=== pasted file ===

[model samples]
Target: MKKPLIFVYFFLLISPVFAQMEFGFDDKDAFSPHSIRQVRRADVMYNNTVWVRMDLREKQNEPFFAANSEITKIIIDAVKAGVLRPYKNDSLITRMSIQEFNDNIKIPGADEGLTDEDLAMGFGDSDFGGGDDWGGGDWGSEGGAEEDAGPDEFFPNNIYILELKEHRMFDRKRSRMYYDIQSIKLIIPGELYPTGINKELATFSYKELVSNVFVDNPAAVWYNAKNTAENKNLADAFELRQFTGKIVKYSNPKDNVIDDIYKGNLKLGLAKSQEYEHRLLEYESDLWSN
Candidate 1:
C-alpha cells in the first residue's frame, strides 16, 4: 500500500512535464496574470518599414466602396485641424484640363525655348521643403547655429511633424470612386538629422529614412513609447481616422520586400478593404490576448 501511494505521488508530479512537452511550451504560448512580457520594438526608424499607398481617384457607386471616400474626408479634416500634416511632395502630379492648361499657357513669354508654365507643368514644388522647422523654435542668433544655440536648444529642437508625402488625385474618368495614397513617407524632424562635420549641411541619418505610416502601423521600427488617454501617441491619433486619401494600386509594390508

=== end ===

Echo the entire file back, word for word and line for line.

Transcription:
[model samples]
Target: MKKPLIFVYFFLLISPVFAQMEFGFDDKDAFSPHSIRQVRRADVMYNNTVWVRMDLREKQNEPFFAANSEITKIIIDAVKAGVLRPYKNDSLITRMSIQEFNDNIKIPGADEGLTDEDLAMGFGDSDFGGGDDWGGGDWGSEGGAEEDAGPDEFFPNNIYILELKEHRMFDRKRSRMYYDIQSIKLIIPGELYPTGINKELATFSYKELVSNVFVDNPAAVWYNAKNTAENKNLADAFELRQFTGKIVKYSNPKDNVIDDIYKGNLKLGLAKSQEYEHRLLEYESDLWSN
Candidate 1:
C-alpha cells in the first residue's frame, strides 16, 4: 500500500512535464496574470518599414466602396485641424484640363525655348521643403547655429511633424470612386538629422529614412513609447481616422520586400478593404490576448 501511494505521488508530479512537452511550451504560448512580457520594438526608424499607398481617384457607386471616400474626408479634416500634416511632395502630379492648361499657357513669354508654365507643368514644388522647422523654435542668433544655440536648444529642437508625402488625385474618368495614397513617407524632424562635420549641411541619418505610416502601423521600427488617454501617441491619433486619401494600386509594390508